Authorities rely more on ad hoc and centralised mechanism

Kathmandu, April 25

The government has not been able to prevent the second wave of COVID-19 pandemic mainly because it has not done anything in the past one year to federalise the government's COVID-19 response.

Constitutional lawyer Budhi Karki said the government had to invoke Disaster Risk Management Act-2017 to effectively control the pandemic. This act defines pandemic as a non-natural disaster. The government has invoked only Infectious Disease Act to control the pandemic.

"In the past one year, the government had the option of federalising the government's response to COVID-19, but the government failed to do so, as it relied on ad hoc and centralised mechanism," he said. He added that the federal government and the COVID-19 Crisis Management Centre kept issuing directives to the provincial and local governments, but did not give those governments fund, functionaries (civil servants), discretionary powers, and autonomy to deal with the pandemic.

Federalising COVID-19 response as per Disaster Risk Management Act would have required enactment of new laws in all three tiers of governments and setting up new institutions.

Karki said federal nations were initially found wanting while dealing with the COVID-19 pandemic, but later the USA showed the way when it federalised its response.

India has still not been able to improve its preparedness mainly because provinces have not been able to play a bigger role, he argued.

Public health expert Sujan Babu Marhatta said although the new variants of COVID-19 were found to be spreading faster than the earlier variant and causing severe reaction among the infected people, the government did not need to bring new measures to control the disease except strictly enforcing safety protocols, such as encouraging people to wash their hands frequently, using sanitisers, maintaining social distance, and avoiding crowded places.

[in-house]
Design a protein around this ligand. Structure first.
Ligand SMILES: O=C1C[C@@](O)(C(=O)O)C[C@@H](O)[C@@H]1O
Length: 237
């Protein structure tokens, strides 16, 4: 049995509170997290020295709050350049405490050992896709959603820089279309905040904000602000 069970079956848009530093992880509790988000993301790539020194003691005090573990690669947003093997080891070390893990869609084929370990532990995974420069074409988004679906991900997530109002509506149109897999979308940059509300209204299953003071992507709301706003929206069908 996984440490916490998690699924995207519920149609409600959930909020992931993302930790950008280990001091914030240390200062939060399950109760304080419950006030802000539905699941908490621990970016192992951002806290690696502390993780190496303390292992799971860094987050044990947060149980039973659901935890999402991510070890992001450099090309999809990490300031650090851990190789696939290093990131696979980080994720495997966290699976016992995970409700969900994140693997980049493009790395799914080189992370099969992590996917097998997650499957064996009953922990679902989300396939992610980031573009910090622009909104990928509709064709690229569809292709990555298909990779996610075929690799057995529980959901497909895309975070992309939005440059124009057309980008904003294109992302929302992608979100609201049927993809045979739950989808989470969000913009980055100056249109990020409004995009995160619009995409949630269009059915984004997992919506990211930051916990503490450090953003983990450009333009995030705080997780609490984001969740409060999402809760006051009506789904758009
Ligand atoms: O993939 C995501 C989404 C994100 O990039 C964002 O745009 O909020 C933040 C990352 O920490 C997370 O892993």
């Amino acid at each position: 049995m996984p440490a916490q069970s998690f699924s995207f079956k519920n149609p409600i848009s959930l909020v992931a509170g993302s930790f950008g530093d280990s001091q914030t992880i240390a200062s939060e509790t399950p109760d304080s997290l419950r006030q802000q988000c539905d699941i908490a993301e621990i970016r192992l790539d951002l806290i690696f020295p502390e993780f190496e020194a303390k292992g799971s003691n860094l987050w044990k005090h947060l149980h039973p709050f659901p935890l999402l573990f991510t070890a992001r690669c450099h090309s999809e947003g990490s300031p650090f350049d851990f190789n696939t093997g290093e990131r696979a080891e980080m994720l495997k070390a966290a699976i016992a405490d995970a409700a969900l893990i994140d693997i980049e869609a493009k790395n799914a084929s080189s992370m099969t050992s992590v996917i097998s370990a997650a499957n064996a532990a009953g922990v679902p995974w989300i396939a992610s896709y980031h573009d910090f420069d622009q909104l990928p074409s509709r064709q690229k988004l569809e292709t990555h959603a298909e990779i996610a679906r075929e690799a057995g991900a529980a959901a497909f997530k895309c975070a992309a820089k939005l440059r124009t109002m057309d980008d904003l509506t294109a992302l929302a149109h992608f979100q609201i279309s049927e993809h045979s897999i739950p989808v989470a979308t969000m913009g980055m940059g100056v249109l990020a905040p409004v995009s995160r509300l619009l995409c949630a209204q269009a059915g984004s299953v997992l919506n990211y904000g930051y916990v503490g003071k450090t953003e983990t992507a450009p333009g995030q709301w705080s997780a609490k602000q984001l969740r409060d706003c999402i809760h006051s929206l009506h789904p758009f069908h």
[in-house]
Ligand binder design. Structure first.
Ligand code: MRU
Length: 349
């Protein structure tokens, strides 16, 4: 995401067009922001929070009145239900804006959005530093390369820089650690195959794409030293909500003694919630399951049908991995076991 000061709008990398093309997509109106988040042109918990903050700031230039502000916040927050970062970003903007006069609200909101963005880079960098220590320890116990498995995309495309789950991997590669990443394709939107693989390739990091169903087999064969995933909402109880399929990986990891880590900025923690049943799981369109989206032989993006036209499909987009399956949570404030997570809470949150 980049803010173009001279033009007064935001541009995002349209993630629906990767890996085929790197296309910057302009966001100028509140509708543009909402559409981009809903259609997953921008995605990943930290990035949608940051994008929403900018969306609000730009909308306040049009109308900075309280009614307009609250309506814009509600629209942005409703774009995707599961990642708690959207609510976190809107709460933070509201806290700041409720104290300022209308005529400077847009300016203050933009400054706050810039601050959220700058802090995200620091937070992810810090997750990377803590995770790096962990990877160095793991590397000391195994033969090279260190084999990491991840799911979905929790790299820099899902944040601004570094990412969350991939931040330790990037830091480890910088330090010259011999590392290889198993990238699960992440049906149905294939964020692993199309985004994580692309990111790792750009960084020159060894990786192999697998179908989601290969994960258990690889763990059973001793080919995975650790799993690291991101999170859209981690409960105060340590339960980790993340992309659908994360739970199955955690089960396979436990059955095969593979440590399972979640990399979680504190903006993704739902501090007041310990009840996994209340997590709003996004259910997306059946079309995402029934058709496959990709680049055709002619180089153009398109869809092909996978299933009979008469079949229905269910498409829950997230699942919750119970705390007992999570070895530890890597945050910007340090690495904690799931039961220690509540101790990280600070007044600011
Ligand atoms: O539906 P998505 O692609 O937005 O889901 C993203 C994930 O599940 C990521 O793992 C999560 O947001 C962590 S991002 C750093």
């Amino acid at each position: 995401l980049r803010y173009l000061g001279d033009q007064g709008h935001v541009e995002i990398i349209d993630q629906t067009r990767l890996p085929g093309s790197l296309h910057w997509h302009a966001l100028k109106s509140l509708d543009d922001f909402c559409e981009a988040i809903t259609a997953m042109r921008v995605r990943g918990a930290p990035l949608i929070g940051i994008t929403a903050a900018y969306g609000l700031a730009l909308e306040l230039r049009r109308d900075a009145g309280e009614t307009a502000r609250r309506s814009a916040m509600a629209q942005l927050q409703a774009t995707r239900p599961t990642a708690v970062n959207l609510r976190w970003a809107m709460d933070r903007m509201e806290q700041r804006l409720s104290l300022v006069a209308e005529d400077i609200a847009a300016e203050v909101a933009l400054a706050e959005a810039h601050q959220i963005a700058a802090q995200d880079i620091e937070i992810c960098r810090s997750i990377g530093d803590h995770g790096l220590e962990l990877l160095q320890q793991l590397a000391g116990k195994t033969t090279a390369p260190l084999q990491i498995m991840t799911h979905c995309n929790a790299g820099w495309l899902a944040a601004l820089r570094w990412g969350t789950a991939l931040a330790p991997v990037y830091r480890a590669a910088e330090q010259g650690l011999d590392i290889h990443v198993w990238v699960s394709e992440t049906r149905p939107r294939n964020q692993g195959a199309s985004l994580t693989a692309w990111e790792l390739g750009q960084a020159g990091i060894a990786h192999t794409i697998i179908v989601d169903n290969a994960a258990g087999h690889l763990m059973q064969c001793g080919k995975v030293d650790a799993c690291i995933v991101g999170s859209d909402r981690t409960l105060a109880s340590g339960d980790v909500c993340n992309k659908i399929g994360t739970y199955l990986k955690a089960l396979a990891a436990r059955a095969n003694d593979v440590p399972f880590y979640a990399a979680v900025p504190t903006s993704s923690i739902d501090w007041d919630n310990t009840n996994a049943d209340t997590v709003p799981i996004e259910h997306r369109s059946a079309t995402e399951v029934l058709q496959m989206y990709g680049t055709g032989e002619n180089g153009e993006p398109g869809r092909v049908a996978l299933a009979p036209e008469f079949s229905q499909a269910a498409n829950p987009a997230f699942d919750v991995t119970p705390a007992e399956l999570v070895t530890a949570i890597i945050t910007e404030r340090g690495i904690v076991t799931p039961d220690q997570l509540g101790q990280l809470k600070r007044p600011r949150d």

He said lockdown should be imposed only as a last resort to break the chain of infection, but at present there was no need to impose lockdown. "The government may impose lockdown in COVID-19 clusters or hotspots, but not nationwide lockdown," he added.

Former Director of Health Directorate at the Ministry of Health and Population Sushilnath Pyakurel said the main reason why the government had not been able to prevent a second wave of COVID-19 was its failure to let doctors call the shots.

"Epidemiology and Disease Control Division had been able to control all pandemics before and it could successfully deal with COVID-19. The government, however, did not trust the EDCD and formed CCMC under a deputy prime minister," he said.

He said provincial governments and public health chiefs in districts were not given any major role, resources, or responsibility, resulting in the government's failure to control the pandemic.

Meanwhile, CPN-UML Spokesperson Pradeep Kumar Gyawali said the government was trying to focus on enforcing health protocols and not imposing nationwide lockdown. He said the economy was slowly getting better and the government did not want to want to harm the economic recovery process, resulting in loss of employment.

The government may consider imposing curfew in hotspots if lockdown measures there do not prove to be effective, he added.

A version of this article appears in the print on April 26, 2021, of The Himalayan Times.